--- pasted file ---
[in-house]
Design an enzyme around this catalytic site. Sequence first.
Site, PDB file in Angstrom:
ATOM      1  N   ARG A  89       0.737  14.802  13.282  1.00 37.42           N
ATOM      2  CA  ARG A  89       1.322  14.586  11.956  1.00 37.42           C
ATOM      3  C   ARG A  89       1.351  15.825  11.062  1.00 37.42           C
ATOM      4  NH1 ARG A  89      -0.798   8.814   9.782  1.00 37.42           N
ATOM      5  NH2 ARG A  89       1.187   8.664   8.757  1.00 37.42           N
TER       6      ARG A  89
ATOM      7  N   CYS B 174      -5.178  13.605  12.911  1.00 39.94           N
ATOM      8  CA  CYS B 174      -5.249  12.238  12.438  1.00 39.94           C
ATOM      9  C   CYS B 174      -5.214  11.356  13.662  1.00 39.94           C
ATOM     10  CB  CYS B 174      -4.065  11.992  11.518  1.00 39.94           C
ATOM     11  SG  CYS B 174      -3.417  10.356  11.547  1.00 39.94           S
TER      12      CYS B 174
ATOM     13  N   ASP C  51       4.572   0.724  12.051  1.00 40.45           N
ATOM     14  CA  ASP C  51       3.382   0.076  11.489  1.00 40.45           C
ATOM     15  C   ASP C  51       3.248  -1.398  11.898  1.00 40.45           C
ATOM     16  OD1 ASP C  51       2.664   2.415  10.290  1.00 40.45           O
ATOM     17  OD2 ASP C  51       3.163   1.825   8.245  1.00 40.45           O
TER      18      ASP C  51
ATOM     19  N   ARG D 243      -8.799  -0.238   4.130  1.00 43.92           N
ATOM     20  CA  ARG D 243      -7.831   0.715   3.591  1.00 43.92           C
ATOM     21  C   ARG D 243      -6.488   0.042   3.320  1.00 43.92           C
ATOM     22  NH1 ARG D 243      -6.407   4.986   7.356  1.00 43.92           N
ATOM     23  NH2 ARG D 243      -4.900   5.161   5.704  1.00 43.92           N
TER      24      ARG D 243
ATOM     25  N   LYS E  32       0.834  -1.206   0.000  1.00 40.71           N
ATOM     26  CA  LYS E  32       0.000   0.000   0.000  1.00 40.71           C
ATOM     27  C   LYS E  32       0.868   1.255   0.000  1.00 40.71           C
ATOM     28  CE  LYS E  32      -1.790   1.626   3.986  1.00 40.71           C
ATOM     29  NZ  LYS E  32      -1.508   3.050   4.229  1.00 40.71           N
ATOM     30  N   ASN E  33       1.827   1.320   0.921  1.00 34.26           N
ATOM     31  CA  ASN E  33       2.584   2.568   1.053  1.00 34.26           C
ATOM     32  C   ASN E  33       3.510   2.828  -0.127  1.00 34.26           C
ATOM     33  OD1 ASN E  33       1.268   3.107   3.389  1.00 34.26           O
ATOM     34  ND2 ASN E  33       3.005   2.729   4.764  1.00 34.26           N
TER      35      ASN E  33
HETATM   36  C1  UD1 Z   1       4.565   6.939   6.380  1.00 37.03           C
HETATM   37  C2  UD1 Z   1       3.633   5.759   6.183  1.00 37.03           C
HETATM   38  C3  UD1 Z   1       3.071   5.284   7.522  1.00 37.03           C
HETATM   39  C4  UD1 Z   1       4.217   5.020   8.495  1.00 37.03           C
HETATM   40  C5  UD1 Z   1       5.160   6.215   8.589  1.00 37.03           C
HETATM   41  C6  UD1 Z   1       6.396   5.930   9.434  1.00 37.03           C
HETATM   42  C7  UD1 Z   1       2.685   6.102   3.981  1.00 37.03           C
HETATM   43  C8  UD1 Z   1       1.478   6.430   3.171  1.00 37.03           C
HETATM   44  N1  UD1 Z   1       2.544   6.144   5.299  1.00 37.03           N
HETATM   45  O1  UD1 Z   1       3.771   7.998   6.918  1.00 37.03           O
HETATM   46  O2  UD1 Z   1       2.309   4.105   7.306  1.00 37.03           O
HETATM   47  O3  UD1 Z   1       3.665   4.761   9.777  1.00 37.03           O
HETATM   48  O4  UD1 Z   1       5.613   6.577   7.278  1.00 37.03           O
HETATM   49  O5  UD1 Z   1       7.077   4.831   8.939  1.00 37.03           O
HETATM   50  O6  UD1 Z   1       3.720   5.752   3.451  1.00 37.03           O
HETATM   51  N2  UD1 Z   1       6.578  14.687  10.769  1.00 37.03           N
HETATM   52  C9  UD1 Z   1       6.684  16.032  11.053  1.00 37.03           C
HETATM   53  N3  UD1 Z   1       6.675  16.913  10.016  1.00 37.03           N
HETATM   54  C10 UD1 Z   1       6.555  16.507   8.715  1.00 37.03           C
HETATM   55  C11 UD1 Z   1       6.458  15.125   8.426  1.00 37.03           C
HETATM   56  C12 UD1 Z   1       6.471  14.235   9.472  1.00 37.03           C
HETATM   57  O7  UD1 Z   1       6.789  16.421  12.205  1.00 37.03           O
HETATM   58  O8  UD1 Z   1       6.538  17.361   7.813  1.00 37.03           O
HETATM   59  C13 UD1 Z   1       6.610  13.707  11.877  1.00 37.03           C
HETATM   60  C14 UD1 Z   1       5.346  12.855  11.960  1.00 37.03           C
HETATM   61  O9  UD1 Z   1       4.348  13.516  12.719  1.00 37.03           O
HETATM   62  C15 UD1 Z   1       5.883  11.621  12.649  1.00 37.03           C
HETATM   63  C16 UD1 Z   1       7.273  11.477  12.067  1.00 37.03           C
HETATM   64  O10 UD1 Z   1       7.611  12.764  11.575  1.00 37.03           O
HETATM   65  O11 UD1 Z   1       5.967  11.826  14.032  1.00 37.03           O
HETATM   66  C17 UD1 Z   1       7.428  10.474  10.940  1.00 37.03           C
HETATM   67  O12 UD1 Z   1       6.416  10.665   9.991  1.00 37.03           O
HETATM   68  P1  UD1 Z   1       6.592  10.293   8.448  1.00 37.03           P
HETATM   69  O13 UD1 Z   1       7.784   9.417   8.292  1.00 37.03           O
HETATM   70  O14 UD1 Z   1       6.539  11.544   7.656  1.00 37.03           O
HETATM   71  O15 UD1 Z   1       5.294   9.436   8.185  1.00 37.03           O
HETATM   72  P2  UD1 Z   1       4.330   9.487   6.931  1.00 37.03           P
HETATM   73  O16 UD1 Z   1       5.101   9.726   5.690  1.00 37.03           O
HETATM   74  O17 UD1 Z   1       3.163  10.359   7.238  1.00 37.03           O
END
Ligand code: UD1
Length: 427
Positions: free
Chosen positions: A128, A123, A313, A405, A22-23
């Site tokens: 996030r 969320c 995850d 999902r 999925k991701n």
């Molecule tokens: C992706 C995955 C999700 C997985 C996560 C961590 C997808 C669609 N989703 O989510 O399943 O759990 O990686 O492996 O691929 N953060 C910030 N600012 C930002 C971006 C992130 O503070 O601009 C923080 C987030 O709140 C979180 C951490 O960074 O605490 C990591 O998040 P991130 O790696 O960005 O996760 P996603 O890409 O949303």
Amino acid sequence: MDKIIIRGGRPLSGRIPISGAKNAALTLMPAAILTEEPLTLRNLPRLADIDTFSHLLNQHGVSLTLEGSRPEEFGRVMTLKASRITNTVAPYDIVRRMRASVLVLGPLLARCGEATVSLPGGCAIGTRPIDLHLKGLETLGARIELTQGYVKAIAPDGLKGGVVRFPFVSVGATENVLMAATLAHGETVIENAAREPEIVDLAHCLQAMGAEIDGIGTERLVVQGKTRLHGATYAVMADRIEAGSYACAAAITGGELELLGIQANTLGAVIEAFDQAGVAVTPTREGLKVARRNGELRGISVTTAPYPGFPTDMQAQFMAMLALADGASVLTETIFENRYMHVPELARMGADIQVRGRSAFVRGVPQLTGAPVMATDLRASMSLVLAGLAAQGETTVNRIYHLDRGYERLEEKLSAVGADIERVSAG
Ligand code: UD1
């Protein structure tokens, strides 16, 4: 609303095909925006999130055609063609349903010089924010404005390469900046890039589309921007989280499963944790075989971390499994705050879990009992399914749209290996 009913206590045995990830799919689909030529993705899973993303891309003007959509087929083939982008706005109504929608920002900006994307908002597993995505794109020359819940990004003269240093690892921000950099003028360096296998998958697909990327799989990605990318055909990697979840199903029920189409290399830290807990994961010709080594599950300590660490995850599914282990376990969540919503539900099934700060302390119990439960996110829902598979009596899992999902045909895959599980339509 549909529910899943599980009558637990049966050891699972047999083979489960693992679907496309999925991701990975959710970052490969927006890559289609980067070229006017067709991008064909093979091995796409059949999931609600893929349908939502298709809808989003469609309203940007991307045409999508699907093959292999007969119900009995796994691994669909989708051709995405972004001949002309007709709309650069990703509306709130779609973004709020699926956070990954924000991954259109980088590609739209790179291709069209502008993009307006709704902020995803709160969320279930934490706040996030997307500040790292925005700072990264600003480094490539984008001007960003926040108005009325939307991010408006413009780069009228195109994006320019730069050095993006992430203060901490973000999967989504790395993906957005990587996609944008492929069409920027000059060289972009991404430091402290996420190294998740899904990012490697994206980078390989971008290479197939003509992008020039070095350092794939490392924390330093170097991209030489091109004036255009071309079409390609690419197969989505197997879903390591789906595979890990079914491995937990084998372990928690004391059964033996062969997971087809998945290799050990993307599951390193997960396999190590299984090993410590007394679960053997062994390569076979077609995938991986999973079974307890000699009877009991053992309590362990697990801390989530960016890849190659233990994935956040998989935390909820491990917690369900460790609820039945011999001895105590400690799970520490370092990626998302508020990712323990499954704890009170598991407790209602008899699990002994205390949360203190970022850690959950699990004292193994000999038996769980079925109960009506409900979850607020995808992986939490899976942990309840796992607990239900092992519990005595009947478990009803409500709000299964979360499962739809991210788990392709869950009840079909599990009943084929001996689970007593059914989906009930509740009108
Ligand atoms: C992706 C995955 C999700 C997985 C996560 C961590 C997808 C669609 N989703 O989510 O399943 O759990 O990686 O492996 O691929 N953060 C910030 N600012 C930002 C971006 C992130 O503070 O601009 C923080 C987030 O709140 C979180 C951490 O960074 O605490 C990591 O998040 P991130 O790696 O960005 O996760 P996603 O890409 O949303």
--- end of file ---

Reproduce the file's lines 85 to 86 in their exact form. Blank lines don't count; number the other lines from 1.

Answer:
Amino acid sequence: MDKIIIRGGRPLSGRIPISGAKNAALTLMPAAILTEEPLTLRNLPRLADIDTFSHLLNQHGVSLTLEGSRPEEFGRVMTLKASRITNTVAPYDIVRRMRASVLVLGPLLARCGEATVSLPGGCAIGTRPIDLHLKGLETLGARIELTQGYVKAIAPDGLKGGVVRFPFVSVGATENVLMAATLAHGETVIENAAREPEIVDLAHCLQAMGAEIDGIGTERLVVQGKTRLHGATYAVMADRIEAGSYACAAAITGGELELLGIQANTLGAVIEAFDQAGVAVTPTREGLKVARRNGELRGISVTTAPYPGFPTDMQAQFMAMLALADGASVLTETIFENRYMHVPELARMGADIQVRGRSAFVRGVPQLTGAPVMATDLRASMSLVLAGLAAQGETTVNRIYHLDRGYERLEEKLSAVGADIERVSAG
Ligand code: UD1